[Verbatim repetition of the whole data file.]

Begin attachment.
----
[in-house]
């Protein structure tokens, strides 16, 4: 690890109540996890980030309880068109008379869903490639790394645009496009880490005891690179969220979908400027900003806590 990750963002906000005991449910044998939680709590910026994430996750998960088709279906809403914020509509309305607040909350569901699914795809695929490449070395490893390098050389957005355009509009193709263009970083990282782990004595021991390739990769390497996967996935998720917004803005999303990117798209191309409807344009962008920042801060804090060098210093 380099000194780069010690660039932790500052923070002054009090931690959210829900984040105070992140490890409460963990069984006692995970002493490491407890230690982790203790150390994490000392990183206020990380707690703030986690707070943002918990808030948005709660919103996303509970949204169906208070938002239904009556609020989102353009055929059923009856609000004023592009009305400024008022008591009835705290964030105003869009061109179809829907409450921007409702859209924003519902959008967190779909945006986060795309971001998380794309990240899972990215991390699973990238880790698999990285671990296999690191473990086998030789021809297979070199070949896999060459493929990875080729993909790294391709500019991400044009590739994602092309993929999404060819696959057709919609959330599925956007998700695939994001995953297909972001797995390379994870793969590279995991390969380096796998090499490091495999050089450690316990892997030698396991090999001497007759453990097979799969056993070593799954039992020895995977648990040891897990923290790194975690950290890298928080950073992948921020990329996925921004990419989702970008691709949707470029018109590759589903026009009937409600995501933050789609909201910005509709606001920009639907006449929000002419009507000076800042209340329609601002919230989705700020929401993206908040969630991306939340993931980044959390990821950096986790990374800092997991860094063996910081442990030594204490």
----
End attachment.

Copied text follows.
[in-house]
């Protein structure tokens, strides 16, 4: 690890109540996890980030309880068109008379869903490639790394645009496009880490005891690179969220979908400027900003806590 990750963002906000005991449910044998939680709590910026994430996750998960088709279906809403914020509509309305607040909350569901699914795809695929490449070395490893390098050389957005355009509009193709263009970083990282782990004595021991390739990769390497996967996935998720917004803005999303990117798209191309409807344009962008920042801060804090060098210093 380099000194780069010690660039932790500052923070002054009090931690959210829900984040105070992140490890409460963990069984006692995970002493490491407890230690982790203790150390994490000392990183206020990380707690703030986690707070943002918990808030948005709660919103996303509970949204169906208070938002239904009556609020989102353009055929059923009856609000004023592009009305400024008022008591009835705290964030105003869009061109179809829907409450921007409702859209924003519902959008967190779909945006986060795309971001998380794309990240899972990215991390699973990238880790698999990285671990296999690191473990086998030789021809297979070199070949896999060459493929990875080729993909790294391709500019991400044009590739994602092309993929999404060819696959057709919609959330599925956007998700695939994001995953297909972001797995390379994870793969590279995991390969380096796998090499490091495999050089450690316990892997030698396991090999001497007759453990097979799969056993070593799954039992020895995977648990040891897990923290790194975690950290890298928080950073992948921020990329996925921004990419989702970008691709949707470029018109590759589903026009009937409600995501933050789609909201910005509709606001920009639907006449929000002419009507000076800042209340329609601002919230989705700020929401993206908040969630991306939340993931980044959390990821950096986790990374800092997991860094063996910081442990030594204490």